This shot is an in-camera HDR with the new Sony HX90V, a camera I a trying out for just such scenic views and macros.

I have been thinking a lot, over the past week or so (inspired by a dream I had one night) about a name for the aspect of my photography that extends beyond the technical stuff and photographic inspiration of Point and Shoot Nature Photography (psnp.lightshedder.com). I am about to embark of a series of tours and workshops…group trips to photogenic locations…where I will attempt to help others to get the most out of their Point and Shoot cameras photographing nature…but there is more to my photography than that…more I have to share. There is a way of seeing…there is the underlying motivation for my photography…the act of seeing, celebrating, and sharing…that is a akin to worship…and that gets recorded often in these Sunday posts.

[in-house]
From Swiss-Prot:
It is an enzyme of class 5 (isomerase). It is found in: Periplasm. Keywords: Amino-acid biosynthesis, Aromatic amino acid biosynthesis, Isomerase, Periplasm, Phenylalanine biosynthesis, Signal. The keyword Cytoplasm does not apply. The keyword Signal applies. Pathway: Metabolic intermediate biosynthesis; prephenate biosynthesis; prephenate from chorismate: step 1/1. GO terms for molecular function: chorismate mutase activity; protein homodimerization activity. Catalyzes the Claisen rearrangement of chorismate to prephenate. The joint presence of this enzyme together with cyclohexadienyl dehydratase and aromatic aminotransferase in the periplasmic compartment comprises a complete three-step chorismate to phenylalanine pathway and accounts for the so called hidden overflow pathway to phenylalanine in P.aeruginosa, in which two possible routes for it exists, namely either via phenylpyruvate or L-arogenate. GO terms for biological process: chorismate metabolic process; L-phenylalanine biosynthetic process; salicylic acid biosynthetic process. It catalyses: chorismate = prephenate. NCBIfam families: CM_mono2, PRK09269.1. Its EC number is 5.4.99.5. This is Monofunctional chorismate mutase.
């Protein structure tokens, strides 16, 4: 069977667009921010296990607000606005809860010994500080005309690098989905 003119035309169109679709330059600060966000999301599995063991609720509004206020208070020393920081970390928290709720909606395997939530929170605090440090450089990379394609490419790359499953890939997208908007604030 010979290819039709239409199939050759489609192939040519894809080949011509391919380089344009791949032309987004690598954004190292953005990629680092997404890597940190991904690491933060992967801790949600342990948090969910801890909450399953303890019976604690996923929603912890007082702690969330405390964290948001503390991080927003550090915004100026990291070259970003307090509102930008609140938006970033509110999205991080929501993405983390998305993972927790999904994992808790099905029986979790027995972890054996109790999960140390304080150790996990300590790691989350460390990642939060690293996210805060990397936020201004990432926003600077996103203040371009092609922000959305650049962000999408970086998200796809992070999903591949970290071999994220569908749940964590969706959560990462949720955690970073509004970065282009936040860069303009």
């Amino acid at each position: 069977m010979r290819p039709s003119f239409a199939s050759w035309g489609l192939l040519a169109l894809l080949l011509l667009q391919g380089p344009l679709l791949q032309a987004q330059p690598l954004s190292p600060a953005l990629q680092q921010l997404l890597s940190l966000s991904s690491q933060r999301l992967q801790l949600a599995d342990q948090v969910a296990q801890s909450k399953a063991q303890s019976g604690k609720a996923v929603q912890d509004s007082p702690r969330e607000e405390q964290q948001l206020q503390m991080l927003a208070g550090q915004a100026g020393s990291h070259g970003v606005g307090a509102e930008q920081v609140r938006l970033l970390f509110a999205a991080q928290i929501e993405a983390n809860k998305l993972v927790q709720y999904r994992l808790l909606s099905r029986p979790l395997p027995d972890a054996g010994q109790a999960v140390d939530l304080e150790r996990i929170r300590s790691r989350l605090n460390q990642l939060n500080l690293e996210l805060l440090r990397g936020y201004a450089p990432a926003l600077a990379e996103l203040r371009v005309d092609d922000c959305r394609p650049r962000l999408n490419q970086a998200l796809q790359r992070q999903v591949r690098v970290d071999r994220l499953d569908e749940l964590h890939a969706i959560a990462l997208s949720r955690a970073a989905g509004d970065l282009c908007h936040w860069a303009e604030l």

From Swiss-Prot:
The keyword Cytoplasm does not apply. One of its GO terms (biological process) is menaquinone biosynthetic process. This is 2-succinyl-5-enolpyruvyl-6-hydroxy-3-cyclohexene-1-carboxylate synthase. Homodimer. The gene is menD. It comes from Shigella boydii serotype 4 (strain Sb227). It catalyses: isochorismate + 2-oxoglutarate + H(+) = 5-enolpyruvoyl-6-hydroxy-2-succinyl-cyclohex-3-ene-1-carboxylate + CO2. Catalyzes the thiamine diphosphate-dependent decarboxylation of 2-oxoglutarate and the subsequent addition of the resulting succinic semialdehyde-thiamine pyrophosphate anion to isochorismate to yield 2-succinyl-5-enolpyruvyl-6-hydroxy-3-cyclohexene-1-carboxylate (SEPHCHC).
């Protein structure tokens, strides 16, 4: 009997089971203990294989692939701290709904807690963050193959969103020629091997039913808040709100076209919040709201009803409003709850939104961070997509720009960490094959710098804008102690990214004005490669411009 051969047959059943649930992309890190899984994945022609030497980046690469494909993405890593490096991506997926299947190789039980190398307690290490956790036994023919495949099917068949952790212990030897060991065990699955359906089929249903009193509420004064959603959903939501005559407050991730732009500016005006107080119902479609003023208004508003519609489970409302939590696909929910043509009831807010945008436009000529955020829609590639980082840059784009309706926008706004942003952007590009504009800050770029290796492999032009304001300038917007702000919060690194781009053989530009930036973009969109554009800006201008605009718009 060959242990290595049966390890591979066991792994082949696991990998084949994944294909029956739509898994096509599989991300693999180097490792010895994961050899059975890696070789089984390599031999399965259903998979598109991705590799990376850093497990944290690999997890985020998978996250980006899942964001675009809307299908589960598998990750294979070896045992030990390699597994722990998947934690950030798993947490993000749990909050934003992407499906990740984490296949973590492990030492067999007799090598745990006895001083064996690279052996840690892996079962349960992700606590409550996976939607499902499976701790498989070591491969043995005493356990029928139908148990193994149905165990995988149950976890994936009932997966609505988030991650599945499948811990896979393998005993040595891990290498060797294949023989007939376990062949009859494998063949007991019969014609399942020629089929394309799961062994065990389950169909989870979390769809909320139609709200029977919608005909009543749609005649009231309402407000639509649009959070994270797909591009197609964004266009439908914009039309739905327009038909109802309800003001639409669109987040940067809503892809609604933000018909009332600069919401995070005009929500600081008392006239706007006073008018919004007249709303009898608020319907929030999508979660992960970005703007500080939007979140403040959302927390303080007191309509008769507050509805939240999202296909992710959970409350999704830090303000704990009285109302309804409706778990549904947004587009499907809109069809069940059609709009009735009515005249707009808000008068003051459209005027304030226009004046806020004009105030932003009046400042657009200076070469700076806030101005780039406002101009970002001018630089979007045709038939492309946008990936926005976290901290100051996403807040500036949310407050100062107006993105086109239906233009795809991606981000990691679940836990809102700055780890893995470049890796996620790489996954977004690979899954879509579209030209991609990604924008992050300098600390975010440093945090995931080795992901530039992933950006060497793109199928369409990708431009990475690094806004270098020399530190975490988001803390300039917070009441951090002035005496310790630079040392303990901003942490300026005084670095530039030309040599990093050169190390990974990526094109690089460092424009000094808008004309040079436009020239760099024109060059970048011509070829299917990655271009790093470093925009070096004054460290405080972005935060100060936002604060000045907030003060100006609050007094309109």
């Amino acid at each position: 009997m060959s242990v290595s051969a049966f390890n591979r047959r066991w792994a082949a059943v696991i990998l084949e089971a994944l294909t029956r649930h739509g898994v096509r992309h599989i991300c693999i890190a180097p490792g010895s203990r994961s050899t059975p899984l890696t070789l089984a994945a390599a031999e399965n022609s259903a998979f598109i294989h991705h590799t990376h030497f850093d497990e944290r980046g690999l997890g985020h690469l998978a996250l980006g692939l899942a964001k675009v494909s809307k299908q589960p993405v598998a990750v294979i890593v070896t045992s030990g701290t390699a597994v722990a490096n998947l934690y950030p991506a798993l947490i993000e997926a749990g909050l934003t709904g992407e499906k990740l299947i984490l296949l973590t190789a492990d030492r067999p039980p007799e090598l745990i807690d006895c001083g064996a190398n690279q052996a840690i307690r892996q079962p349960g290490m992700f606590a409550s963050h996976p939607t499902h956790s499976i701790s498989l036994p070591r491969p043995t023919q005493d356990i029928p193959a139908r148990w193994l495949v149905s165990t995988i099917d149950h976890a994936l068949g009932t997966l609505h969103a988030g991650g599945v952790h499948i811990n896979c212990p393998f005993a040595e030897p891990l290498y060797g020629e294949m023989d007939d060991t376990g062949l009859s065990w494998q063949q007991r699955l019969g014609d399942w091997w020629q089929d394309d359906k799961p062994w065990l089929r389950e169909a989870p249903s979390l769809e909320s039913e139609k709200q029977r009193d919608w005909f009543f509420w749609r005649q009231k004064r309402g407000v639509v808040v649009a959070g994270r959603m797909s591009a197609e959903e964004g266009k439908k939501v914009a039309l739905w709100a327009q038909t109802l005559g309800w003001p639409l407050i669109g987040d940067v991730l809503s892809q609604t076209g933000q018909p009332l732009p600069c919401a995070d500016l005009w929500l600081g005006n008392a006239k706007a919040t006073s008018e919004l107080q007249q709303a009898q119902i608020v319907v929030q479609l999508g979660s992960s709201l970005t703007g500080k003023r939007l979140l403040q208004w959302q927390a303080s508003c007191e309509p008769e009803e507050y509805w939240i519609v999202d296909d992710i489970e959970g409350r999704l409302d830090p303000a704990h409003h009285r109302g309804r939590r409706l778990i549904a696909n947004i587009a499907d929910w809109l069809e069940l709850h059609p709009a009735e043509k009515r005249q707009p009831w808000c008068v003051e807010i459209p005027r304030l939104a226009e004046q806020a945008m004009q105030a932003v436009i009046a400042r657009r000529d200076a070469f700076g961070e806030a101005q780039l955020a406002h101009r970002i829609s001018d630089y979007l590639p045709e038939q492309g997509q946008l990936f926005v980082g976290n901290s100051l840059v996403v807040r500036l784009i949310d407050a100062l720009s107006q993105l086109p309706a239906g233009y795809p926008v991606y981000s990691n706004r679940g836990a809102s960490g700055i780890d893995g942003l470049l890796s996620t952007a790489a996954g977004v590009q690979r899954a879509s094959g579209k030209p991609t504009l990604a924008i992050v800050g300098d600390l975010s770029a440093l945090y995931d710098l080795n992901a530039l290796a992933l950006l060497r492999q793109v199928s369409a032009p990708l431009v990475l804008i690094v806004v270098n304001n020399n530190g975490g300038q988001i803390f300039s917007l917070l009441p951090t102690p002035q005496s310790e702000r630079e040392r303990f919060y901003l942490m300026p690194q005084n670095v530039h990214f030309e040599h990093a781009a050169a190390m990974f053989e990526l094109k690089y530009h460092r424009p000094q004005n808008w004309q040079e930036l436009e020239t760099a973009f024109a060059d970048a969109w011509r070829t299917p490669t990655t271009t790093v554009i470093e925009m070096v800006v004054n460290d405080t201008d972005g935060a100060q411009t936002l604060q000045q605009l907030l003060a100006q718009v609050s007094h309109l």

My smugmug gallery is called WideEyedInWonder, and the name is taken from one of my favorite sayings of Jesus: “The eye is the lamp of the body. Therefore if you eye is single, your whole body will be filled with light.” (I should warn you there is a little scripture lesson coming…but persevere!) In my favorite, non-literal, translation it reads “If you go through life wide eyed with wonder and belief, then your whole being will be filled with light.” That actually might come closer to what Jesus meant than the traditional translation. We have what he said already in translation…in Greek (which he certainly did not speak)…and the gospel writer used a word for what your eye needs to be that is translated several different ways in different contemporary texts. It could be “single” as in “single minded…focused on one thing.” (as the King James version has it) or it could be “simple, as in uncomplicated” (as several modern translations have it), or it could be “generous, as in giving and forgiving, open to the needs of others.” (which, oddly, no translator has used). Some modern translations say “if your eye is” “clear”, or “healthy”, or “sound.” I think it is a combination of the literal meanings of the Greek word…single, simple, generous…that inspired the “wide eyed in wonder and belief” translation. And the word translated “body” is definitely the Greek work that implies the whole being, body and soul.